Man City FFP: Citizens face government intervention as ‘attacked’ City could receive ‘substantial damages’

Joe Williams
Man City and European Super League logos
Man City could reportedly join the European Super League project.

The government have been tipped to get involved if Man City were to attempt to rejoin the Super League project if their legal battle against the Premier League fails.

Man City’s legal challenge against Premier League financial rules will be heard over the next two weeks, which could have hugely significant consequences for the English top flight.

The Premier League champions are challenging the league’s associated party transaction (APT) rules in a hearing which started on Monday and is set to last until June 21.

It is believed Man City will challenge the validity of the rules under UK competition law.

The Times, which first reported details of Man City’s claim last Tuesday, said the club were seeking to scrap the rules, which were first introduced in December 2021 following the Saudi-led takeover of Newcastle and were most recently strengthened in February.

The rules are designed to ensure any commercial deal or player transfer between a club and entities with links to that club’s ownership are conducted at fair market value, so that club revenues are not artificially inflated.

If an arbitration panel declares the APT rules invalid, then clubs would effectively be free to do any commercial deals they wished without any independent judgement being made on whether those deals were for fair market value.

That could then in turn help clubs boost their declared revenue and give them greater leeway on transfer and wages spending under financial sustainability rules. There are fears it could lead to the clubs whose owners have the deepest pockets – Man City and Newcastle – effectively being in a league of their own in terms of spending.

It is unclear what, if any, bearing this claim could have on the separate matter of the 115 charges brought by the Premier League against City over alleged breaches of the league’s financial rules. A hearing in that case is expected to begin in the autumn. Man City strenuously deny any wrongdoing.

There have been rumours that Man City could attempt to rejoin the European Super League project if their legal action against the Premier League fails.

But former Everton CEO Keith Wyness reckons the government “would get involved” if the Citizens decided to give their support to a European Super League.

Wyness told Football Insider: “I think even the government would get involved if City were to try and rejoin the Super League project.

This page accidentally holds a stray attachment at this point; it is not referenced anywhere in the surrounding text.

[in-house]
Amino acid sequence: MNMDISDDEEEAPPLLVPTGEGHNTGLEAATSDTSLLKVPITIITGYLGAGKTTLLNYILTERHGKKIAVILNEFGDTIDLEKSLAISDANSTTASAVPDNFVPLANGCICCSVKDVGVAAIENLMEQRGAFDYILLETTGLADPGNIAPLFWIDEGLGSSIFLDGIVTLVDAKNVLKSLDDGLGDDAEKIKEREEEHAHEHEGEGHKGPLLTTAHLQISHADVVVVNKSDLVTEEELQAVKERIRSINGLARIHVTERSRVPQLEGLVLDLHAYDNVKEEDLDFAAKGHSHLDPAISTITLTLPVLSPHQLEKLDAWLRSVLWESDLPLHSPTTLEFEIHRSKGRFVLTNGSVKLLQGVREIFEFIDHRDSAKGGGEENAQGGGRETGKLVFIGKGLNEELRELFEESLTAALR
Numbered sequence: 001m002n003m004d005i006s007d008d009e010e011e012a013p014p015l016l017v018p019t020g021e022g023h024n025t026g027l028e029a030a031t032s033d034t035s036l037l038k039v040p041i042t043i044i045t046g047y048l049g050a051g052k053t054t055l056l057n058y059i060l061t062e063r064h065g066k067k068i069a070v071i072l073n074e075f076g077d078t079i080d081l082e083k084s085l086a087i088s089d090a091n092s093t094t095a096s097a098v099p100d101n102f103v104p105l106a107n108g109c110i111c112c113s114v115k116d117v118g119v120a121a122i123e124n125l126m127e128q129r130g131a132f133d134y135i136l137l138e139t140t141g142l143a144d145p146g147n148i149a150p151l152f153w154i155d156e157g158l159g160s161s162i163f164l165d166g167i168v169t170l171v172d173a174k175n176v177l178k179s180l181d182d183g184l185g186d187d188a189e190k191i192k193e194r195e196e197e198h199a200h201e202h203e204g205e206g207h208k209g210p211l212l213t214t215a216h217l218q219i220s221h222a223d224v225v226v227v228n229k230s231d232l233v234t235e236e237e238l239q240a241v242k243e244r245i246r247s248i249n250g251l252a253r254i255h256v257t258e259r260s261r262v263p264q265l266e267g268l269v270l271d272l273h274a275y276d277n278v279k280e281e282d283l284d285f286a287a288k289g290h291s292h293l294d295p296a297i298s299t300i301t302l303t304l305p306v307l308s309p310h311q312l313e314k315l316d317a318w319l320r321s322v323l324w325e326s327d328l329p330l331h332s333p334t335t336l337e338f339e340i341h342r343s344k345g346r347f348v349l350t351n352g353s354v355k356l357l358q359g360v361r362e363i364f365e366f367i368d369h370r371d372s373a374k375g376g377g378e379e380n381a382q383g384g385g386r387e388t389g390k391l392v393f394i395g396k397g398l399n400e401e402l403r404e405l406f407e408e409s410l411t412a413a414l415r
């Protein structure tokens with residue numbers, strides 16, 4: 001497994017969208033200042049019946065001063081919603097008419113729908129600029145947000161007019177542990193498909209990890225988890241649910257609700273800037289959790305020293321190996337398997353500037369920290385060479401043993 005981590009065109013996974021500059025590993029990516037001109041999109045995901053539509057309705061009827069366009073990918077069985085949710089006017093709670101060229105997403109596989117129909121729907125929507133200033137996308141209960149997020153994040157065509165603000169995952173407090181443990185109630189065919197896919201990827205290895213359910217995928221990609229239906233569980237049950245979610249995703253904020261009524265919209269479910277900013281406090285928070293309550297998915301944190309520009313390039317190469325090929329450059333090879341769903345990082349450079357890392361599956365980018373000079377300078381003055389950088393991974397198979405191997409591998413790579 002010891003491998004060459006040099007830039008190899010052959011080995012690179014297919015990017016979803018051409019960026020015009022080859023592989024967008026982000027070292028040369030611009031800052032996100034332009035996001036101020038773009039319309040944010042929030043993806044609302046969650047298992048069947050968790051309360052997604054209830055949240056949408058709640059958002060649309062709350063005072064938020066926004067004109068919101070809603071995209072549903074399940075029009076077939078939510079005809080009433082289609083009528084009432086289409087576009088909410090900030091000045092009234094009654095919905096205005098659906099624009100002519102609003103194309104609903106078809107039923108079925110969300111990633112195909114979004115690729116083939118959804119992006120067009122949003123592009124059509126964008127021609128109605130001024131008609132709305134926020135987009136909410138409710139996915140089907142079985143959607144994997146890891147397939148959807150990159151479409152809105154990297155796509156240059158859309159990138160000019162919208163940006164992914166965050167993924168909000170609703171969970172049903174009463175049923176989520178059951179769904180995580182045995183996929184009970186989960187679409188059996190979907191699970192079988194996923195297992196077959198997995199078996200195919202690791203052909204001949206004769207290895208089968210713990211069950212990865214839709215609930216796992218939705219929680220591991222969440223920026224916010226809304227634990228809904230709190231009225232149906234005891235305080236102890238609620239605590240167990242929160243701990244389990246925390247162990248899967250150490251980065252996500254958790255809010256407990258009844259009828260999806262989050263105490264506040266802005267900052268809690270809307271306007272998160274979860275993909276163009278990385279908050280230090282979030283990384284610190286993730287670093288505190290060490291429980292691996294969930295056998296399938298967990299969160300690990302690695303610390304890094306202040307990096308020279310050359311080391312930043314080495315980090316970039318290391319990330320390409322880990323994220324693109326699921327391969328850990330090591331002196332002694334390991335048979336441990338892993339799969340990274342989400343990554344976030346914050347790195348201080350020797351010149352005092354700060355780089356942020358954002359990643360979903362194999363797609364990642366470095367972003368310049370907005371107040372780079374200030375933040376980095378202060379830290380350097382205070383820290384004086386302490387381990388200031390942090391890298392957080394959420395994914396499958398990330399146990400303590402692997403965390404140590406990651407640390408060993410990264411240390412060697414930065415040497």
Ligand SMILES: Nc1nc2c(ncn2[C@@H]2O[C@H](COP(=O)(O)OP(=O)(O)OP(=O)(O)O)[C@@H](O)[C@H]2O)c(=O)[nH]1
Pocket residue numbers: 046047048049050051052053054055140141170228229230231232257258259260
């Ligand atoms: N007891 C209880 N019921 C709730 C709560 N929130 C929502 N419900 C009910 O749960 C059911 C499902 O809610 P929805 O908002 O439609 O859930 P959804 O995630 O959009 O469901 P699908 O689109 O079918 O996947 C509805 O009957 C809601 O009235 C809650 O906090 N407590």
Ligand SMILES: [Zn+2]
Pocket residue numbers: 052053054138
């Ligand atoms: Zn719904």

“They’ve got themselves into a position now where they are being attacked from every side.

“You can’t stay on the offensive, sometimes you have to pull back. They are part of a 20-club club, and that’s something City have forgotten.

“They have to try and play their role as partners in that, as well.”

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Former Man City financial adviser Stefan Borson insists the speculation over the Citizens rejoining the European Super League project is “a nonsense story”.

Borson told Football Insider: “I think it falls into that category of somebody briefing. There is no Super League, so that’s the starting point.

“Secondly, it’s likely by the time all of this situation is resolved, the independent regulator will be able to prevent clubs from leaving the Premier League and entering other competitions.

“I think it’s just not going to happen. It’s just a nonsense story.”

Borson thinks Man City are set to receive “quite substantial damages” from the Premier League if they win their APT case over the next couple of weeks.

He continued: “I think the fact City are claiming they made very substantial losses on the back of this rule suggests that a deal they felt should have been approved has been rejected by the Premier League.

“If that is the case and City were successful in the first hearing, then I think it’s more than possible that they would receive quite substantial damages.

“But I do think cases like this are very hard to win in the first instance.

“It is very likely that the Premier League took legal advice in terms of the competition aspects of the associated party rules from the start.

“It is likely the barristers that are acting on the Premier League’s side will also have strong arguments for why they comply with the competition act and, therefore, why City are wrong to challenge.

“City have got an uphill battle to win on liability. But if they were to do so, there could well be significant damages if they can show they have specific losses.”